The Cannondale Pro Cycling team was launched to the world this week in glamorous Hollywood. And no, we weren’t there. But we did get a postcard.
Conspicuous by their absence, previous title sponsor Liquigas pulled out last year. That might have left many times struggling, but Cannondale decided to continue on as the sole title sponsor. They've retained the services of Ivan Basso and Peter Sagan so the team looks in good health for the 2013 season.
The team will, of course, be riding Cannondales, and the newly liveried team bikes were revealed for the first time at the team launch. The company’s SuperSix Evo Hi-Mod is the same bike as used last year, and carries over into 2013 with no changes. We might have expected them to be riding the new lighter SuperSix Evo Black this year, but the restrictive UCI weight limit of 6.8kg makes it less worthwhile. The Evo Hi-Mod is no heavyweight, with a sub-700g frame weight already.
They’ve kept with the green colourway (green is Cannondale’s signature colour so it makes sense to stick with it) with blue and white panels. Aside from the actual colours, the shape of the decals and placement of logos is little different to that of production bikes, so there’s a good similarity with the bikes you can actually buy.
Like last year, the team is sponsored by SRAM and each bike will be decked out with the new Red groupset. It’s the lightest mechanical groupset on the market and combines with the lightness of the frame to force an incredibly low weight on the scales. Further weight is saved by fitting Cannondale’s own Hollowgram SISL2 crankset, to which the Red chainrings are bolted.
FSA is their other big sponsor, supplying stems, handlebars and seatposts, from the top-end K-Force range. Wheel brand Vision, owned by FSA, supply the wheels. The team will have a selection of wheels at their disposal. The TC50 model is pictured above, and there’s the shallower TC24 and deeper Metron 81. Tyres look to be Kenda, a US tyre company who produce several lightweight clincher and tubular tyres.
For time trials, the team will ride the new Slice RS. We revealed details of this newly launched bike last year, which has undergone a serious transformation in an effort to ensure it can compete with the fastest time trial bikes currently available on the market.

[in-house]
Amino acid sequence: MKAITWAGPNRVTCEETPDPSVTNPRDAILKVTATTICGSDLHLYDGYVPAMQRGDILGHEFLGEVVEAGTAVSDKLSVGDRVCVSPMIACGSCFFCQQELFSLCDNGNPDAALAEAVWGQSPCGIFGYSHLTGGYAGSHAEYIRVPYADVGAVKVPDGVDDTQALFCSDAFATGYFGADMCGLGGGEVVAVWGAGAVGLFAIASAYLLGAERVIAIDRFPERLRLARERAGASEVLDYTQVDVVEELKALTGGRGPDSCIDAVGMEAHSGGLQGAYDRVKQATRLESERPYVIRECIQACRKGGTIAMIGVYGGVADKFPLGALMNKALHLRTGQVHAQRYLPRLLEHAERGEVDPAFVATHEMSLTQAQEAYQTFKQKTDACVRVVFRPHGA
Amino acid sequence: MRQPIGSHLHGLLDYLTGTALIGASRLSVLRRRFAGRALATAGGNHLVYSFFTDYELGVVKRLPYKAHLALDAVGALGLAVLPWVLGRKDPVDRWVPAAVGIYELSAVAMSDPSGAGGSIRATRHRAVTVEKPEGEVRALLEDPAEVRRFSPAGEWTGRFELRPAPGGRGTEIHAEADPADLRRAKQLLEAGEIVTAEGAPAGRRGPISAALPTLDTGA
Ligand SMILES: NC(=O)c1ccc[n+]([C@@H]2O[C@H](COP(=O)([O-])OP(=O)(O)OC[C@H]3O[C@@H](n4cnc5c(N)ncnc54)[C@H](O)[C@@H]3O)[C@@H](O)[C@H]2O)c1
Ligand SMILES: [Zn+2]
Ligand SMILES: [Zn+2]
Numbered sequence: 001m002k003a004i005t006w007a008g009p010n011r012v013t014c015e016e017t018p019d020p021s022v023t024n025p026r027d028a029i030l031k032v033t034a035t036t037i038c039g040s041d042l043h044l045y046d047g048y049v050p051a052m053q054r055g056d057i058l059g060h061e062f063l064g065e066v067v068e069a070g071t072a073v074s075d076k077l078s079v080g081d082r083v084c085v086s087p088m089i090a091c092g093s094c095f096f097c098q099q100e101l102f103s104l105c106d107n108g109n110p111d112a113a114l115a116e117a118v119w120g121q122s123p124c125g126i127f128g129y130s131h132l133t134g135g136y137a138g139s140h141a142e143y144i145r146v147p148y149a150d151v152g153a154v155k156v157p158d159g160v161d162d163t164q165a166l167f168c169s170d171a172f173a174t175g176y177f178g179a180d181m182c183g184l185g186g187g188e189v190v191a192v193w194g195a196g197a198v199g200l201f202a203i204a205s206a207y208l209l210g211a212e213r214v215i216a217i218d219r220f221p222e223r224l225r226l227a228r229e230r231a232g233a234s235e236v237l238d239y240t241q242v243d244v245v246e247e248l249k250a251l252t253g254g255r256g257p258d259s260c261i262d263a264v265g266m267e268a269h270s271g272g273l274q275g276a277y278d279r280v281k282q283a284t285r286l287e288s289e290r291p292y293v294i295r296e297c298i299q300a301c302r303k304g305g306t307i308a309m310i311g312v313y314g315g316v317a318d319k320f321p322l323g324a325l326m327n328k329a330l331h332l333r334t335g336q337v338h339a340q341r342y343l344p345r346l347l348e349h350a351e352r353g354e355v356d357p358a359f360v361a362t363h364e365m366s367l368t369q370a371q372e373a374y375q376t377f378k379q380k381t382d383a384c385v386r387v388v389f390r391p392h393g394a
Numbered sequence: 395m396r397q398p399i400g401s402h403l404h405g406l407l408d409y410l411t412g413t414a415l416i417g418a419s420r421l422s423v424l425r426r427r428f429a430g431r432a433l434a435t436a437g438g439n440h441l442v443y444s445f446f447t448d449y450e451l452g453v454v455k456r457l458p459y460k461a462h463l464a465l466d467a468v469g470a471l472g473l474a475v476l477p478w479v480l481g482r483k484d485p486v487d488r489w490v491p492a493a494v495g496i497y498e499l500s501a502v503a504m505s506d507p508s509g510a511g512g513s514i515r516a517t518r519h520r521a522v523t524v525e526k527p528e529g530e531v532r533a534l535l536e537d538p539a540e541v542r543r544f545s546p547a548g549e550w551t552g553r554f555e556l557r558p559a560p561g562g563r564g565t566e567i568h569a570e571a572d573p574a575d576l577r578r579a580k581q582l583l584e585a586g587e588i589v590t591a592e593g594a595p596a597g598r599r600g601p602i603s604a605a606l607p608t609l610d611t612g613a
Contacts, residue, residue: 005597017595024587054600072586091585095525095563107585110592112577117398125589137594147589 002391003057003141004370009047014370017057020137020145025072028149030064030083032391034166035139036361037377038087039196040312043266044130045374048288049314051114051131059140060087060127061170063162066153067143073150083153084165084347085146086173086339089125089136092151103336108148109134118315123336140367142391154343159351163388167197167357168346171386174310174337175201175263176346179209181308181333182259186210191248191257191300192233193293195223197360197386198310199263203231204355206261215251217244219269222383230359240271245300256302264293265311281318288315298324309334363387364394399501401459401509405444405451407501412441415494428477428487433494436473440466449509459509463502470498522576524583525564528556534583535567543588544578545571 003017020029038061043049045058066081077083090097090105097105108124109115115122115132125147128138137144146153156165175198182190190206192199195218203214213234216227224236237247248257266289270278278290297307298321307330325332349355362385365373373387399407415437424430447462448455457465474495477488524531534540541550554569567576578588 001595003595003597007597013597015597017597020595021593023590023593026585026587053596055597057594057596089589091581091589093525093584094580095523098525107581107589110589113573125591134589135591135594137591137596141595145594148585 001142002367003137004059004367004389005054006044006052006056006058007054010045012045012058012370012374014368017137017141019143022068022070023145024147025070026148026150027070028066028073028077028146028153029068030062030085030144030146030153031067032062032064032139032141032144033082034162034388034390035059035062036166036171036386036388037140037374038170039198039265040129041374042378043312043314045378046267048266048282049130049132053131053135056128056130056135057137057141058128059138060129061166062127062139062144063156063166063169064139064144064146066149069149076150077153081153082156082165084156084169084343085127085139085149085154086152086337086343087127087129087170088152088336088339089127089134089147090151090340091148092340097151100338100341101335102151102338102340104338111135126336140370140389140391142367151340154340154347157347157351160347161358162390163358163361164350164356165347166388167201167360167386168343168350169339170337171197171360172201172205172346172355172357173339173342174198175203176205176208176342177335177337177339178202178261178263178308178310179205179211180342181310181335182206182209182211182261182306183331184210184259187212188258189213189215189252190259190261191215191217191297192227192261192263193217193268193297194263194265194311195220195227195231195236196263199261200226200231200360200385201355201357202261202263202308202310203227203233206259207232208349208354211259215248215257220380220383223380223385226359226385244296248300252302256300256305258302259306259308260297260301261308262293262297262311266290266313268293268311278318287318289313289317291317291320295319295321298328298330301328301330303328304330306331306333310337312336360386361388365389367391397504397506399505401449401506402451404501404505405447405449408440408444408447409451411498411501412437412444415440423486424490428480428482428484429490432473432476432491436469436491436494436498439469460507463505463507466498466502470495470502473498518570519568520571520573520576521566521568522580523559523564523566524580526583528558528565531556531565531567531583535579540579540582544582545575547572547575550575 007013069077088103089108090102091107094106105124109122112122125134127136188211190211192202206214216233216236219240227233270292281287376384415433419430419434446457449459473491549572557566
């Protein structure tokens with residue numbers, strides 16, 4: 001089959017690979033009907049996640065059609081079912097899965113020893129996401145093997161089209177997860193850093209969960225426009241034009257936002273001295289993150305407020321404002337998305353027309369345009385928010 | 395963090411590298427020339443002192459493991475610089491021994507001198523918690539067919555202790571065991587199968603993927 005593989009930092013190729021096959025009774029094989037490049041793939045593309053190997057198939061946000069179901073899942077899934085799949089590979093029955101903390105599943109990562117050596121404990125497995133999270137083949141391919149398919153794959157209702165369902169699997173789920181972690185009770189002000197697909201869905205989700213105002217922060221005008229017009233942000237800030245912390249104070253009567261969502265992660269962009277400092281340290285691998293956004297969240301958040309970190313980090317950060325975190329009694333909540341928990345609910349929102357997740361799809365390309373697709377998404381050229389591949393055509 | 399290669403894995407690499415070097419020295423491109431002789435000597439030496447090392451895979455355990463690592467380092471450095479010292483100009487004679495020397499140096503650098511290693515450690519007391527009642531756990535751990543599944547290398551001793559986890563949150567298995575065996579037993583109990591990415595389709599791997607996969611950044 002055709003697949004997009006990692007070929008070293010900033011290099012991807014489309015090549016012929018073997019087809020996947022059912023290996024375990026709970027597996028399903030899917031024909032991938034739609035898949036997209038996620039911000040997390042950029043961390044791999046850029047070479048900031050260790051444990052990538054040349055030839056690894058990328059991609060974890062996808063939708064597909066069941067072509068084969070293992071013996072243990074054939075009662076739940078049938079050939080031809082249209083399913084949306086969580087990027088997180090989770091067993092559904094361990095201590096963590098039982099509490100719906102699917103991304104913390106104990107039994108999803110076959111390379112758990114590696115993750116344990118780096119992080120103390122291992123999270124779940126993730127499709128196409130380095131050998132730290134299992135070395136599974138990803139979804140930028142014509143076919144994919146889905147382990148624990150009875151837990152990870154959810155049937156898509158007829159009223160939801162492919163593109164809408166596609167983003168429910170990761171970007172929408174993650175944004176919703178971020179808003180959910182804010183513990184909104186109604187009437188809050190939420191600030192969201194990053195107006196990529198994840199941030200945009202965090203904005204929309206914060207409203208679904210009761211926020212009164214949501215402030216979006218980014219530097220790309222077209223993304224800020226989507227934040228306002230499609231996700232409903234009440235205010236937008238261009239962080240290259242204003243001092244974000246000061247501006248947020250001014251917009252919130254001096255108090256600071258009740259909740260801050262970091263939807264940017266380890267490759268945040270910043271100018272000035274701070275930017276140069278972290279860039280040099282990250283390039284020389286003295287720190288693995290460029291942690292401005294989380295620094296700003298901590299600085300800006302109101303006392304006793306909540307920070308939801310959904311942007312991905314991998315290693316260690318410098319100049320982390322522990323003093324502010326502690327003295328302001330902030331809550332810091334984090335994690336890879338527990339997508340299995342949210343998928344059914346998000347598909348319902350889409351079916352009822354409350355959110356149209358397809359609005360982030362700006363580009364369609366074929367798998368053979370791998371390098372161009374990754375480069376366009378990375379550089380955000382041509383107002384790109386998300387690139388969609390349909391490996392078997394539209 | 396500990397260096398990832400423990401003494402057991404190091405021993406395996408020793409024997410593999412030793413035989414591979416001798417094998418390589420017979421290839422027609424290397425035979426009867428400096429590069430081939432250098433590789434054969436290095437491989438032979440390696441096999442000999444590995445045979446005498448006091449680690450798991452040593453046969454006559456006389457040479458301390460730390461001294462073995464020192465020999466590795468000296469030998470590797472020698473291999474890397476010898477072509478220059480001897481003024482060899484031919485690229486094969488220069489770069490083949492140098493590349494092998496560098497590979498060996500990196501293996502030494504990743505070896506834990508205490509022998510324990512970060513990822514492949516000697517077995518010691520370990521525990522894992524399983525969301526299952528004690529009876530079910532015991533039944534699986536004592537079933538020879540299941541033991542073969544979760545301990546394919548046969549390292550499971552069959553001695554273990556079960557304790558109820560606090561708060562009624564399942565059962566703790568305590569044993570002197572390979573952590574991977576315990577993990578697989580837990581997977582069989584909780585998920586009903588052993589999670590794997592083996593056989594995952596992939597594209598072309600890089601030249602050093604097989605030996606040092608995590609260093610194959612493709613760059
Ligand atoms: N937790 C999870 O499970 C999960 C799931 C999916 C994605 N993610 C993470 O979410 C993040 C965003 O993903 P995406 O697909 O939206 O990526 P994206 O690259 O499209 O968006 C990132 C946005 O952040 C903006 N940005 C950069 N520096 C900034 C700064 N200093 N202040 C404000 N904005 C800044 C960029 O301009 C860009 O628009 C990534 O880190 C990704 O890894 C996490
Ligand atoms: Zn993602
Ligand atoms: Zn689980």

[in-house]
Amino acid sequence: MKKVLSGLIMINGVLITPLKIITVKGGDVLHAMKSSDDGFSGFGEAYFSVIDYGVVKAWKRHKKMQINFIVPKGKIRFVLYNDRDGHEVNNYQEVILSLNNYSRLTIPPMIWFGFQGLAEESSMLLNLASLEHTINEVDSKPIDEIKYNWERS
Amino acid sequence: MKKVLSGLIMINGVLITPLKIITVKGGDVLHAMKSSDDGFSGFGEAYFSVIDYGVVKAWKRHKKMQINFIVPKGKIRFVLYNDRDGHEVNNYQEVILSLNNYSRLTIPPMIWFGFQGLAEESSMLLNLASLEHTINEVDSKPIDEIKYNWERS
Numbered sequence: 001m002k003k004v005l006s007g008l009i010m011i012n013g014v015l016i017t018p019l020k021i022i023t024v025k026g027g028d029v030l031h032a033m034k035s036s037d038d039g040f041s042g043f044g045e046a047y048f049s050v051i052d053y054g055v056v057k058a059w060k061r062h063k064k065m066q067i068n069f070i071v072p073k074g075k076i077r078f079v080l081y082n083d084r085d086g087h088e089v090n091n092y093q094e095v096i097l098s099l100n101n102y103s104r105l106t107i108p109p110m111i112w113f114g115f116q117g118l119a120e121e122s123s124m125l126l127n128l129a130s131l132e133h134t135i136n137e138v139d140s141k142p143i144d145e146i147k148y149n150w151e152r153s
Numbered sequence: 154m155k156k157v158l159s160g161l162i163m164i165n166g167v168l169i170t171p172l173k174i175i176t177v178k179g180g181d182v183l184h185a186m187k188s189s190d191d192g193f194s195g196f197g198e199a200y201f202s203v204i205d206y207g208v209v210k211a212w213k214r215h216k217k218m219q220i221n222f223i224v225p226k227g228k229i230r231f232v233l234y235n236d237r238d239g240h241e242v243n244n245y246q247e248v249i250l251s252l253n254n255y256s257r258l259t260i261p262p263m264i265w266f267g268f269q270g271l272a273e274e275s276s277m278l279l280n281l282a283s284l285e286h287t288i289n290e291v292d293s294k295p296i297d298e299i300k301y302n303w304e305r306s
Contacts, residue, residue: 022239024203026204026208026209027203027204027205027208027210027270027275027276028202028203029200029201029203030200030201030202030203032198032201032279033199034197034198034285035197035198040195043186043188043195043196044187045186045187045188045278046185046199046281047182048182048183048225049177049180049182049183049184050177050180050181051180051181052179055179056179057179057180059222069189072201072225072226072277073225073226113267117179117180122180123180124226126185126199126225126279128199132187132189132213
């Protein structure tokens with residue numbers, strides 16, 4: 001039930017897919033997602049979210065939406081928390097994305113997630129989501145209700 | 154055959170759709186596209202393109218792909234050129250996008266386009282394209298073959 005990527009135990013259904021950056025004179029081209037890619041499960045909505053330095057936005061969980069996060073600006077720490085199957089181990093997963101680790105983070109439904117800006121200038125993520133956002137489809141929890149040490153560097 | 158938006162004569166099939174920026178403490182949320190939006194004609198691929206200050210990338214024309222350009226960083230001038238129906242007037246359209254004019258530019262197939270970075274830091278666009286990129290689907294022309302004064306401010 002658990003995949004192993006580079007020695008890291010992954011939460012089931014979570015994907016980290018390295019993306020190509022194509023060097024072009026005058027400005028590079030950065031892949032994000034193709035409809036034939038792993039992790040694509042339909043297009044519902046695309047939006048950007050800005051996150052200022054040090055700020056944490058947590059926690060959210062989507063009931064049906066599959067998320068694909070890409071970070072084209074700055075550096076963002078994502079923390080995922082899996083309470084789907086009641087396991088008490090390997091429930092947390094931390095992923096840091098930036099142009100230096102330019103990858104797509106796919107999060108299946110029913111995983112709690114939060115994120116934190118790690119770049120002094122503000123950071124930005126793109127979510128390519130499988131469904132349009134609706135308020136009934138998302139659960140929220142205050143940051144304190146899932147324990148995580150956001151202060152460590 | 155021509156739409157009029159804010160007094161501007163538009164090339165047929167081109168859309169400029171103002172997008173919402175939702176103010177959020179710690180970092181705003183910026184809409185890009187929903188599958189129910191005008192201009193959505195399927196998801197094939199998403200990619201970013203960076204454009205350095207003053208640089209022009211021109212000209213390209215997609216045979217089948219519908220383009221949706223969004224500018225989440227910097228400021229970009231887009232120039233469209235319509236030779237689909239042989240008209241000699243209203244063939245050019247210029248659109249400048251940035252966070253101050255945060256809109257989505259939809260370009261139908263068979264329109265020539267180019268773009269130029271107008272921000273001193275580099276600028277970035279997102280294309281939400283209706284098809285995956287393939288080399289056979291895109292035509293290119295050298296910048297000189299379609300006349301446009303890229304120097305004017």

The Slice RS has been three years in development and is a radical overhaul of the previous bike, making the most of current understandings of managing airflow. The lessons they’ve learnt are clearly visible. Every tube is carefully shaped to minimise disruption to airflow, and decrease drag.
The most striking feature is the external steerer tube. Completely redesigning the front end, there’s no traditional steerer tube passing through the head tube. Instead bearings are pressed into the top and bottom and the fork extends up in front of the head tube. This keeps the front as narrow as it’s possible to get.
The main tubes have provile shapes based on NACA airfoil principles. The seat tube hugs the rear wheel and a channel reduces drag by allowing air to flow between the wheel and frame, reducing drag. The seat tube, far from the most elegant design, is that shape so it can be as narrow as UCI rules allow.
Integration is also a key design driver in the Slice RS. A mini V-brake is incorporated into the rear of the fork, and ensures airflow around this important area is as smooth as possible. The rear brake is hidden behind the bottom bracket shell. All cables are routed internally, and with the lack of a traditional steerer tube it’s been easy to route the cables through this area. It’s not pretty, but it is likely to be quick.
Here's a video of the bikes in action:
David has worked on the road.cc tech team since July 2012. Previously he was editor of Bikemagic.com and before that staff writer at RCUK. He's a seasoned cyclist of all disciplines, from road to mountain biking, touring to cyclo-cross, he only wishes he had time to ride them all. He's mildly competitive, though he'll never admit it, and is a frequent road racer but is too lazy to do really well. He currently resides in the Cotswolds.